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In Boston mayoral race, Campbell continues to top in campaign cash

Boston City Hall.
Boston City Hall.Craig F. Walker

Boston City Councilor Andrea Campbell continues to top the increasingly crowded field of mayoral candidates in campaign cash, although two other contenders outraised the Mattapan Democrat last month, state records show.

Campbell’s campaign had $841,000 cash on hand at the end of February, slightly more than the $833,000 in cash her council colleague and fellow mayoral candidate Michelle Wu has thus far collected in her own campaign coffers. Campbell reported raising $157,000 for the month, according to the state’s Office of Campaign and Political Finance, while Wu reported raising $136,000.

The campaign for state Representative Jon Santiago, an emergency room doctor who launched his mayoral bid in late February, reported $387,000 cash on hand at the end of the month. According to records, Santiago, a South End Democrat, raised the most money last month among announced mayoral candidates, having received $233,000.


Councilor Annissa Essaibi George’s campaign reported having $270,000 cash on hand at the end of February. She raised more than $192,000 for the month, according to state authorities. Essaibi George announced her mayoral campaign in late January.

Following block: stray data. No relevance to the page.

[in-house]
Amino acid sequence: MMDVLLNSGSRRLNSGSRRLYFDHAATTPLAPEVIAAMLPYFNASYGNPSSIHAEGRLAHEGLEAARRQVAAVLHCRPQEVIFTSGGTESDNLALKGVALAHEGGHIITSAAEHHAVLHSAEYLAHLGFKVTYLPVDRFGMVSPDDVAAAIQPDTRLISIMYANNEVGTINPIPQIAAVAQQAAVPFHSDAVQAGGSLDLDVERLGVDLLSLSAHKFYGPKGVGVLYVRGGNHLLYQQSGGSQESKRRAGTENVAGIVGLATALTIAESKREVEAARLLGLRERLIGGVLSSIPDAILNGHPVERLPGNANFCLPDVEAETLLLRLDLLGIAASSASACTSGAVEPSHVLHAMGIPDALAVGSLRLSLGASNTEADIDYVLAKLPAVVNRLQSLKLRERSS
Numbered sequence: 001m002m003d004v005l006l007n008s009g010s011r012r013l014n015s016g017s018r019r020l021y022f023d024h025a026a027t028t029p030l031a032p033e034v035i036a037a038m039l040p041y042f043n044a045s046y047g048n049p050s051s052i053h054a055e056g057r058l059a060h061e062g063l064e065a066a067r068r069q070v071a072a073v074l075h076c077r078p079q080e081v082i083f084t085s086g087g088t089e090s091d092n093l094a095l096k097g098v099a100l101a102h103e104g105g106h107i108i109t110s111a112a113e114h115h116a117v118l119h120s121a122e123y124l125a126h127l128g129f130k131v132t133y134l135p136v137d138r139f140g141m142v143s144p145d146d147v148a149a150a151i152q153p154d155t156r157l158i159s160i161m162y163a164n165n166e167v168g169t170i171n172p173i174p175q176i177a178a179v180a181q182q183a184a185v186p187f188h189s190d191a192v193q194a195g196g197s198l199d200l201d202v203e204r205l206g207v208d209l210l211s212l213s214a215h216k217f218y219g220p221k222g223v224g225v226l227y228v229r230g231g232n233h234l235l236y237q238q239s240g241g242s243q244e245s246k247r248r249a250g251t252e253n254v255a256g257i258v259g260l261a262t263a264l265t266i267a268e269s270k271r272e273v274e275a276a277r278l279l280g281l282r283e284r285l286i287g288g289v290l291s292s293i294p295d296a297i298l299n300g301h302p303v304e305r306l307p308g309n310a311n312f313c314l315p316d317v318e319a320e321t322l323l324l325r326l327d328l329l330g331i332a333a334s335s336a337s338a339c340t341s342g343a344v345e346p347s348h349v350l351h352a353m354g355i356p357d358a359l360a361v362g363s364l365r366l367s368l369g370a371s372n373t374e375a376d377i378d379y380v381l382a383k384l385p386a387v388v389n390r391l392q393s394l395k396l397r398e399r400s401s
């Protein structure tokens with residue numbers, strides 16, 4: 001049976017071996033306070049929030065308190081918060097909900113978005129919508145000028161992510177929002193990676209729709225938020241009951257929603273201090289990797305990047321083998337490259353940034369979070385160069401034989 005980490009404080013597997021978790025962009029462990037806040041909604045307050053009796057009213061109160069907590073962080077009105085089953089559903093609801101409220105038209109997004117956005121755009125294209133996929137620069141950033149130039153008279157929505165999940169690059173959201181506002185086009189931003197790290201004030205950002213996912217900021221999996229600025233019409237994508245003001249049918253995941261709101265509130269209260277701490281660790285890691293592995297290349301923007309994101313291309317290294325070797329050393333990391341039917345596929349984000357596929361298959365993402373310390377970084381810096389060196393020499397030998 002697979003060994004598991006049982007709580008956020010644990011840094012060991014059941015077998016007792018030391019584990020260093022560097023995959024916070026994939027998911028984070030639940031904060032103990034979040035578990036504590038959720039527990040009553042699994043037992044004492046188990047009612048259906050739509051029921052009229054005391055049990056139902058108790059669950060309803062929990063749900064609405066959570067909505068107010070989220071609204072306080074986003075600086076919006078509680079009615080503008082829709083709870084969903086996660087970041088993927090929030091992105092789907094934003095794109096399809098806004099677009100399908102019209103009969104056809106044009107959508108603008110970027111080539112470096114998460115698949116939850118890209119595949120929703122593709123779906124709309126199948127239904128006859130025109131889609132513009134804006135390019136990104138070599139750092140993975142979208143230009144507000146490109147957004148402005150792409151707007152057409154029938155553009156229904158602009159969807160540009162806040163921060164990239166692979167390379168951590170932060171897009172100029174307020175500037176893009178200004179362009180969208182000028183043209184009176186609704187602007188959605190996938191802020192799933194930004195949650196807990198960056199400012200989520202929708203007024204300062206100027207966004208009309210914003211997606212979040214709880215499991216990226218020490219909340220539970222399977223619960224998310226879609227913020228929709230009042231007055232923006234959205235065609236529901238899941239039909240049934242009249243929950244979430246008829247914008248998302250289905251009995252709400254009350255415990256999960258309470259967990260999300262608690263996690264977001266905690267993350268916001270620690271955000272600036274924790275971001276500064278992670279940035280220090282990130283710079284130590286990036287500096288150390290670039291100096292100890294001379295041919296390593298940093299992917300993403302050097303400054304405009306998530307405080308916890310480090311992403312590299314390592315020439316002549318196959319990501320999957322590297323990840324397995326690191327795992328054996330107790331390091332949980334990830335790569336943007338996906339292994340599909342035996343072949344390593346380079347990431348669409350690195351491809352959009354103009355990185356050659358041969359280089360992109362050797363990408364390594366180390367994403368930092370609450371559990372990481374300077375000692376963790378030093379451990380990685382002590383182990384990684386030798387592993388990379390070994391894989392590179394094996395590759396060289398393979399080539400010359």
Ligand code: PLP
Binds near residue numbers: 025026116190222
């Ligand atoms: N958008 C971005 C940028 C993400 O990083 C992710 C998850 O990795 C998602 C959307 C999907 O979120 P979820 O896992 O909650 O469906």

John F. Barros, who recently stepped down as the city’s economic development chief, announced his mayoral candidacy on Thursday. The campaign for Barros, who unsuccessfully ran for mayor in 2013, last reported to the state’s Office of Campaign and Political Finance in spring 2016, according to available online records. Those records show Barros reported having no money in his campaign coffers at that time.

The anticipated departure of Mayor Martin J. Walsh, a popular incumbent who is in the last year of his second term, has broken this year’s mayoral race wide open. Walsh is expected to leave City Hall to become the nation’s next labor secretary in coming days. Before the news broke in January that President Biden had tapped Walsh for the Cabinet post, only Wu and Campbell had declared their mayoral candidacies, and Walsh was expected to run for a third term.


Unseating Walsh was thought to be a steep challenge, as city voters rarely kick out incumbent mayors at the ballot box; the last time it happened was in 1949. Additionally, Walsh had amassed a whopping $5.5 million in his campaign war chest.

As council president, Kim Janey will become acting mayor once Walsh leaves. Janey, who will be Boston’s first Black mayor and first female mayor, has yet to say whether she intends to run for a full mayoral term in this fall’s election. She had $130,00 in campaign cash at the end of February, having raised almost $42,000 for the month, according to state records.

The campaign for Dorchester resident Dana Depelteau, who has filed paperwork with the state to run for mayor, had $82 cash on hand at the end of February, records show.

Danny McDonald can be reached at daniel.mcdonald@globe.com. Follow him on Twitter @Danny__McDonald.